skip to Main Content

Volar dislocation proximal interphalangeal joint, with proximal phalanx head between central slip and lateral band.

What is Interphalangeal Joint Dislocation?

The interphalangeal joint is a hinge joint located between each finger, allowing only for flexion and extension. The ligamentous complexes consist of the volar plate providing stability against dorsal dislocation of the phalanx and hyperextension injury.

Interphalangeal (IP) joint dislocations to the fingers are common, usually occurring due to forced hyperflexion or hyperextension. This is a serious injury that requires immediate reduction in order to find out if integral structures of the hand were damaged.

Signs and Symptoms of Interphalangeal Joint Dislocation

When someone experiences an interphalangeal joint dislocation, they often experience diffuse pain, swelling, and tingling sensations in the affected finger following the trauma or injury.

Other symptoms may include discoloration of the affected digit, which is a serious condition that should be seen by a specialized hand doctor as soon as possible.

Causes of Posterior Interphalangeal Joint Dislocation

Dorsal PIP dislocation is the most common type of interphalangeal joint dislocation. Associated injuries include dislocations of the distal interphalangeal joint, proximal interphalangeal joint, and tendon rupture.

Upon injury involving vertical compression and hyperextension of the fingertip, the volar plate of the joint may tear or become displaced. This injury causes a dorsal dislocation of the proximal interphalangeal or distal interphalangeal joint. It may be associated with an avulsion fracture at the base of the phalanx.

Patients whose digits have an open joint dislocation, joint instability, ligamentous or volar plate rupture, a neurovascular compromise, or an associated fracture should seek immediate medical supervision.

All interphalangeal joint dislocations should be reevaluated by a hand specialist, like Dr. Jason or Mark Pruzansky at Handsport Surgery Institute.

After volar plate arthroplasty surgery for fracture of the base of the middle phalanx of the ring finger

Injuries Associated with Interphalangeal Joint Dislocation

In some cases, patients may experience diffuse soft tissue hand or foot injury, hand or foot fracture, abrasions or lacerations on surrounding areas and permanent deformity.

Joint instability or neurovascular compromise after reduction requires an immediate hand consultation. Because joint instability is often obscured by extensive edema and pain immediately after the injury, all finger joint dislocations should be referred for orthopedic or hand specialist evaluation within 2-3 weeks following reduction.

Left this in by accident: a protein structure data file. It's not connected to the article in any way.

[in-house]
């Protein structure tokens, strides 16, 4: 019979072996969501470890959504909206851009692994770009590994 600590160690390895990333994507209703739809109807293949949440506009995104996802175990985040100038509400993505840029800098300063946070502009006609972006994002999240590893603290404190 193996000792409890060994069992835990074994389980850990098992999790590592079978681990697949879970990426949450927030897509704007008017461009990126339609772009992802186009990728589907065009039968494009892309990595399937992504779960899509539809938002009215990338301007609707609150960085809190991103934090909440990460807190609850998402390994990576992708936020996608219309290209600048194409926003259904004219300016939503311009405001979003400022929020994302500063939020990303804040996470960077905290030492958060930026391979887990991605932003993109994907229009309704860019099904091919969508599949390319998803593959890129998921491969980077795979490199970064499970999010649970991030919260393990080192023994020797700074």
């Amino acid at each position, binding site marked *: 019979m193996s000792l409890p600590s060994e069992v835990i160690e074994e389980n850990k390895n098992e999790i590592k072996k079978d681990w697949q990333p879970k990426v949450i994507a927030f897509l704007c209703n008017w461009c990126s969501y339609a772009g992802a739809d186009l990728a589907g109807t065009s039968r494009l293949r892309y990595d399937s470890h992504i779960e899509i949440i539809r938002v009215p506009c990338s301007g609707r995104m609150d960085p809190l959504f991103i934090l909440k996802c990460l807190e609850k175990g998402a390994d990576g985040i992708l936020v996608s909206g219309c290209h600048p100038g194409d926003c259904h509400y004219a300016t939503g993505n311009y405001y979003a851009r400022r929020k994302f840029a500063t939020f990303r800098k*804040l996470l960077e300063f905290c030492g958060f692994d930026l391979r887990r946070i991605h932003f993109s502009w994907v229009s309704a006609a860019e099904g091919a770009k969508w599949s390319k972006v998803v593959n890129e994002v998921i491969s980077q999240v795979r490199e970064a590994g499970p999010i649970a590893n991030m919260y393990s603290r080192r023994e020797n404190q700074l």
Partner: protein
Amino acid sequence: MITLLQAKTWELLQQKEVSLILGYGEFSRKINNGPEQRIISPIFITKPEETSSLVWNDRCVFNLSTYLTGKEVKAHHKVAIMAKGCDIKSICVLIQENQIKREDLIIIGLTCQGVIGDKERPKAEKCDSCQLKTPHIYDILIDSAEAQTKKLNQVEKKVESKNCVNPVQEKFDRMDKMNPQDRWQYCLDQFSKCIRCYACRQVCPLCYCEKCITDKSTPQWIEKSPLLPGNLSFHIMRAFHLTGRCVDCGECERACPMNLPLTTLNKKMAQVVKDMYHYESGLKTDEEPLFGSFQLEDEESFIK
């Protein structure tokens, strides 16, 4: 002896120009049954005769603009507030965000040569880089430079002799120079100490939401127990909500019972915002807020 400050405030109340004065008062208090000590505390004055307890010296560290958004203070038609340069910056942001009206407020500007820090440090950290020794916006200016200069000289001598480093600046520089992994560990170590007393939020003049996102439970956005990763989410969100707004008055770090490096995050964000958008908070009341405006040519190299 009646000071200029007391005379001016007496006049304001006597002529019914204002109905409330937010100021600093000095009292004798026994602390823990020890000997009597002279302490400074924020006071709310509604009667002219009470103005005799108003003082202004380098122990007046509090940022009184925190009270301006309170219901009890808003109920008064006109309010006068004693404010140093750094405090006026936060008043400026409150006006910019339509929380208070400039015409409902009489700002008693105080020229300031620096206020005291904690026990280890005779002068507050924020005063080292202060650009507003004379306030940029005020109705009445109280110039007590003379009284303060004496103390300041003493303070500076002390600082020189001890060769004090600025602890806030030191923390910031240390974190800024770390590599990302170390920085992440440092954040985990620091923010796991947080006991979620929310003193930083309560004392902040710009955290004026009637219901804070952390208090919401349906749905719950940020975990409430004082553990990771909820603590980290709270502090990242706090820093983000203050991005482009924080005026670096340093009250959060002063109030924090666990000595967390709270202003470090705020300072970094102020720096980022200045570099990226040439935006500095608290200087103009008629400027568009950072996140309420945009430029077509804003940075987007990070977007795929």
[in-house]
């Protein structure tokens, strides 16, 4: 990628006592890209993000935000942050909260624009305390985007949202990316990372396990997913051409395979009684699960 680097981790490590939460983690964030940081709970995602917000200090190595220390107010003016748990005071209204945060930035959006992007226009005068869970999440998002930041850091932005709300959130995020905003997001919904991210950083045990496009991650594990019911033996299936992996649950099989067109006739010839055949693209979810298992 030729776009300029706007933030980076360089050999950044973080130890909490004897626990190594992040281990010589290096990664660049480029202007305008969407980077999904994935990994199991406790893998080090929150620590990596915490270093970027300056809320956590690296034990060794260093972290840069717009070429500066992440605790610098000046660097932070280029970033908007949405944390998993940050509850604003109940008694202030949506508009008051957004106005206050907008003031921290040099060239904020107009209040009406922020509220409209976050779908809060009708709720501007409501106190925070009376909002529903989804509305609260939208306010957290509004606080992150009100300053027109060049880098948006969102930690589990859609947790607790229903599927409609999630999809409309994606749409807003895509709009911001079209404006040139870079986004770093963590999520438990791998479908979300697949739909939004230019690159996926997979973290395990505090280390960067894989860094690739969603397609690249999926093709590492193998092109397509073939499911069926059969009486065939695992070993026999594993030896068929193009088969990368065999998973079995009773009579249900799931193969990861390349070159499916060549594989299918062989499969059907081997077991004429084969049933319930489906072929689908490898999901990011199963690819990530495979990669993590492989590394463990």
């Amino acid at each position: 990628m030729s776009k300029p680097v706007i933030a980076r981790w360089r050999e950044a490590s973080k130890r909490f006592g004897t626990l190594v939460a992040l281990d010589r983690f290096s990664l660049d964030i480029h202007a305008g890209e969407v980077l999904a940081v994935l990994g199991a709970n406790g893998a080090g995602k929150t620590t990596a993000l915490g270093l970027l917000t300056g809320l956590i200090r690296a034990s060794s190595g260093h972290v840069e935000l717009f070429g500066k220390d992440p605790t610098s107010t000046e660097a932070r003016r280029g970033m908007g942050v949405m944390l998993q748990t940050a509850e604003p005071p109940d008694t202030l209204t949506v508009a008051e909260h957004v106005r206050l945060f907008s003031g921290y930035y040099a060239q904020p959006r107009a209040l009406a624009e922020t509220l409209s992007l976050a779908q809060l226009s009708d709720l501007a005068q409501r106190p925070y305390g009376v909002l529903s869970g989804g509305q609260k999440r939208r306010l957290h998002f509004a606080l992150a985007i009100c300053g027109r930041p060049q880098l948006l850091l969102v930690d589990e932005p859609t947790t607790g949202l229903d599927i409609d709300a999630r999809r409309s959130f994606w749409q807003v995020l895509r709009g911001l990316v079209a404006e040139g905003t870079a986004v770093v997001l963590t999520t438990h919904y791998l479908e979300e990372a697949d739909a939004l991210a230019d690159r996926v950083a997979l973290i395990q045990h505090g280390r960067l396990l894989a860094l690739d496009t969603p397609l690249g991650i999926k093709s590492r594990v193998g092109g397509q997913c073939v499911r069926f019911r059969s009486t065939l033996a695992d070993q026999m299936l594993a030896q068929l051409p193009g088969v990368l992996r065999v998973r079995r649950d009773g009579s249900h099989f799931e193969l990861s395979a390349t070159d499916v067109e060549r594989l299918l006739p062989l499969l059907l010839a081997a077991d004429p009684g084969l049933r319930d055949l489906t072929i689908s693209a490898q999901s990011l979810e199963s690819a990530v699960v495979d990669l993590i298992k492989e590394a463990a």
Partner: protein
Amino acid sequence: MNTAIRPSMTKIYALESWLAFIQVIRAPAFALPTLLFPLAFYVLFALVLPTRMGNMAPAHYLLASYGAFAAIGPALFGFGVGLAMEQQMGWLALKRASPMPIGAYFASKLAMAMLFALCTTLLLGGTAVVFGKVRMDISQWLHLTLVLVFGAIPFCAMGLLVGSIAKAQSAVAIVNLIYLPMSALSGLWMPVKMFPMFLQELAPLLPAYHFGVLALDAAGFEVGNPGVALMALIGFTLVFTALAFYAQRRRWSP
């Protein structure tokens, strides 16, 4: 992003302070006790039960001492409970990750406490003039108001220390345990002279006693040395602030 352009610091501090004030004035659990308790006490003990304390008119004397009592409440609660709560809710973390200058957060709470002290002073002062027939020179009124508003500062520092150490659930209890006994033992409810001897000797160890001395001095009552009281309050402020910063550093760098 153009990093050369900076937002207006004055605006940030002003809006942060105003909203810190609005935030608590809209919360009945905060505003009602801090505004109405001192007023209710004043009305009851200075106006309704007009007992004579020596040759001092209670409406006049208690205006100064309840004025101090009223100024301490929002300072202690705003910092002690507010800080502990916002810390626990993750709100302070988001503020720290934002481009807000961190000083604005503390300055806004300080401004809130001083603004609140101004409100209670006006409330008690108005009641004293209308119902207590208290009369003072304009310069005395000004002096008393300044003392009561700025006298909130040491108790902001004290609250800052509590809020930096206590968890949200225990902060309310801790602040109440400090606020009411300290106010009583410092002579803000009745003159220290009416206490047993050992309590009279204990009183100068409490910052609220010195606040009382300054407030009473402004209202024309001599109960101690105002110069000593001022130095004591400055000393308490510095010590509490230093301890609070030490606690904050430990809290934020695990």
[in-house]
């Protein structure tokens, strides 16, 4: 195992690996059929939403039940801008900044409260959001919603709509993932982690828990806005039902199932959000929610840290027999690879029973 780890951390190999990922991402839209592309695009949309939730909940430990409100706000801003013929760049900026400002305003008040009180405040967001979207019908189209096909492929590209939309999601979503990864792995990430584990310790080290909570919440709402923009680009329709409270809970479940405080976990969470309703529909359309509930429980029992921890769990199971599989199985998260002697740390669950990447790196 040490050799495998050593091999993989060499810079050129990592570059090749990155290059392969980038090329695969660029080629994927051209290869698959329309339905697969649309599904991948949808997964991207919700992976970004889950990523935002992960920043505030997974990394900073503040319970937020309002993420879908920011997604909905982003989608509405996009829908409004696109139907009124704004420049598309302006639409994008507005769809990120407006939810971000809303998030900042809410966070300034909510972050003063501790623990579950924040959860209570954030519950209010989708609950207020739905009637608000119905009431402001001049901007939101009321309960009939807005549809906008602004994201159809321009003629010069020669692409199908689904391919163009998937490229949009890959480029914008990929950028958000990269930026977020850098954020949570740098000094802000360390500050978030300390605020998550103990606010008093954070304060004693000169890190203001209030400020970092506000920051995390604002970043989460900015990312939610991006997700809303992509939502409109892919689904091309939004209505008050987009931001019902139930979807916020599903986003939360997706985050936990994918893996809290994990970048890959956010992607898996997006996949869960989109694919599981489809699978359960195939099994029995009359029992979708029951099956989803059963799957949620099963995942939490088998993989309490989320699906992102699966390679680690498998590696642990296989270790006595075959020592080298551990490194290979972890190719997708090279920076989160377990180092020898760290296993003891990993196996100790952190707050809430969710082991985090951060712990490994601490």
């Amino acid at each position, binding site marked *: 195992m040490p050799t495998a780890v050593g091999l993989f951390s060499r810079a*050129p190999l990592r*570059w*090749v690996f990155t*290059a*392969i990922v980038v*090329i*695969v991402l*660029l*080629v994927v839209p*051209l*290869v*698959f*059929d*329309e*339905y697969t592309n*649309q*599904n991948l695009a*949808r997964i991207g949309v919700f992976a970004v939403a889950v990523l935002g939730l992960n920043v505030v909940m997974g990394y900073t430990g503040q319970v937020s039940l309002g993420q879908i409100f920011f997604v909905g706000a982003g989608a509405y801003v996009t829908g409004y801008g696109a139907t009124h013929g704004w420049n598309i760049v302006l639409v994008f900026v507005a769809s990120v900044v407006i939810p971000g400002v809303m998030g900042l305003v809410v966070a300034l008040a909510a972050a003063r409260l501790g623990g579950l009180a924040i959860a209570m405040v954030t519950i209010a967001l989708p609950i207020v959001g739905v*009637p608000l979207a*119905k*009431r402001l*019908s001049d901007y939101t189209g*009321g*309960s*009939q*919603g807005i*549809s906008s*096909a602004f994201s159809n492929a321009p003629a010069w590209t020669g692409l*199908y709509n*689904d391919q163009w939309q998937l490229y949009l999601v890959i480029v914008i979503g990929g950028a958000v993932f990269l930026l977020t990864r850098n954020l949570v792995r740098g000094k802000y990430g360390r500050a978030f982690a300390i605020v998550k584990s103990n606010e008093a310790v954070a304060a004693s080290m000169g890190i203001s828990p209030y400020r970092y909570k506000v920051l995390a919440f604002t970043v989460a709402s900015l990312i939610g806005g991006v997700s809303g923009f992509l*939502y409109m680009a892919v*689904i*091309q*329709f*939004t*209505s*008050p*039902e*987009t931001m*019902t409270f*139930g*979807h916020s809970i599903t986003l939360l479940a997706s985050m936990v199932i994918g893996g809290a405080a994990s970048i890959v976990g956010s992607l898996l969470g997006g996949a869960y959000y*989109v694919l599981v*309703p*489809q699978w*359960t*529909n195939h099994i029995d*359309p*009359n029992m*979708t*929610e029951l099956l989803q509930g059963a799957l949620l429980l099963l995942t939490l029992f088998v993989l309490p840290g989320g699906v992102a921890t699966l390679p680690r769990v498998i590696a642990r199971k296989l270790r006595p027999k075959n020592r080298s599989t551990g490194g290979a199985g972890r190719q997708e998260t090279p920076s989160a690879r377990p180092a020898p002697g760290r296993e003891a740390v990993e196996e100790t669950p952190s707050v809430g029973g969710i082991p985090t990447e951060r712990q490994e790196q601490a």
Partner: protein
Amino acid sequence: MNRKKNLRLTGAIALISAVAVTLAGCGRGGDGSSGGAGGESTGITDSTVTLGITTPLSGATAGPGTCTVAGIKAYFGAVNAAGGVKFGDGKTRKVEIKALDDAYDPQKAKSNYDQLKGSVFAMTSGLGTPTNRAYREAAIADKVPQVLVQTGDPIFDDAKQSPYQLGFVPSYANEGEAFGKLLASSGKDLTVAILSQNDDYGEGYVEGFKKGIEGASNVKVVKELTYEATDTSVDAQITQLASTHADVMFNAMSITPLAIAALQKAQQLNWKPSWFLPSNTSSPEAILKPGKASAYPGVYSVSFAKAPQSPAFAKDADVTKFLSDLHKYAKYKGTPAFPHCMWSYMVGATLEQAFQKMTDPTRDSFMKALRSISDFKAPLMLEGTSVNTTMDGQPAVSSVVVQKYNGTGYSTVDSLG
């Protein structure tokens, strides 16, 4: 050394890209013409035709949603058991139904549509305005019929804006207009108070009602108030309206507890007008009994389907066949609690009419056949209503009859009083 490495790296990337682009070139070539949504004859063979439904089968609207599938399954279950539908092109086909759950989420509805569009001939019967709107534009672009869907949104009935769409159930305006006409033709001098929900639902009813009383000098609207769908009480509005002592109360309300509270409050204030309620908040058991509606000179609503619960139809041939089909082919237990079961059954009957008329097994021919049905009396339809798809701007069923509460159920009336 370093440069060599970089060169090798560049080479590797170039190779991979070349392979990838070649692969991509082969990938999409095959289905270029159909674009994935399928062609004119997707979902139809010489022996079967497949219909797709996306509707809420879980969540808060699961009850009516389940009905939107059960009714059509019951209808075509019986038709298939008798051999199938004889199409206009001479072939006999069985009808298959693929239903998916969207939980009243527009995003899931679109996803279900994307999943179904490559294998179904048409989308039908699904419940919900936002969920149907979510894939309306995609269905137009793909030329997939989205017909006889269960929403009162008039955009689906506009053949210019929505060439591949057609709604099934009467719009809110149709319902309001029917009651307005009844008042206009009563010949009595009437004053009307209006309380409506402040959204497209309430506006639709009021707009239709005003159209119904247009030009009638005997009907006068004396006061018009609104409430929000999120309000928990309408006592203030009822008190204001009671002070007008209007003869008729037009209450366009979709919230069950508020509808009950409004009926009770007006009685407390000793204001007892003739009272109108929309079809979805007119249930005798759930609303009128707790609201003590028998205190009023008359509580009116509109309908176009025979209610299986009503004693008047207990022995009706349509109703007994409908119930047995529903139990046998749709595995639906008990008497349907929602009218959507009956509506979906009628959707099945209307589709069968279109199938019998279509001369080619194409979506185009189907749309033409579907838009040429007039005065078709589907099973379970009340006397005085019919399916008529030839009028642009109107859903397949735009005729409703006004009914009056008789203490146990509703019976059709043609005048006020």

Getting a Diagnosis for Interphalangeal Joint Dislocation

If you’ve injured your hand, it’s important to be seen by a specialized hand surgeon like Dr. Jason or Mark Pruzansky. With expertise in injuries of the hand, they will be able to determine whether you have an interphalangeal joint dislocation and the best possible treatment option.

A physical examination can help determine whether or not you have a dislocation, but Dr. Mark Pruzansky and Dr. Jason Pruzansky may require an x-ray to be taken to confirm this diagnosis.

Treatment Options for Interphalangeal Joint Dislocation

If a patient has an interphalangeal joint dislocation, there are quite a few treatment options to help correct the problem. Depending on the severity of the injury, and whether or not there are any related fractures, Dr. Mark Pruzansky and Dr. Jason Pruzansky may recommend a conservative or surgical course of treatment.

Nonsurgical options for simple interphalangeal joint dislocations may be splinting, applying ice, and elevating the injured hand. NSAIDs, analgesics, and anxiolytics are used to treat the pain associated with dislocations.

Typically, a PIP joint dislocation may need to be splinted for 14-21 days, while a DIP joint dislocation usually requires 10-14 of splinting. Buddy taping for 3-6 weeks prevents hyperextension of the healing area.

The cause of dislocation in children is more often ligamentous laxity in nature than rupture. The patient may have their fingers buddy-taped for 10-14 days. Your doctor may elect to obtain post-reduction radiographs to assess functional stability with stress views.

If You Believe You Have Interphalangeal Joint Dislocation, Contact HandSport Surgery Institute

Please contact us as soon as possible to schedule an appointment with our talented team. People experiencing interphalangeal joint dislocation should be evaluated to try and reduce the risk of further injury and mobility issues.

If you have been injured, it’s important to be evaluated by a highly skilled professional. Call Dr. Mark Pruzansky and Dr. Jason Pruzansky at 212-249-8700 to schedule an appointment, obtain an accurate diagnosis, and start to improve the function of your hand.

Back To Top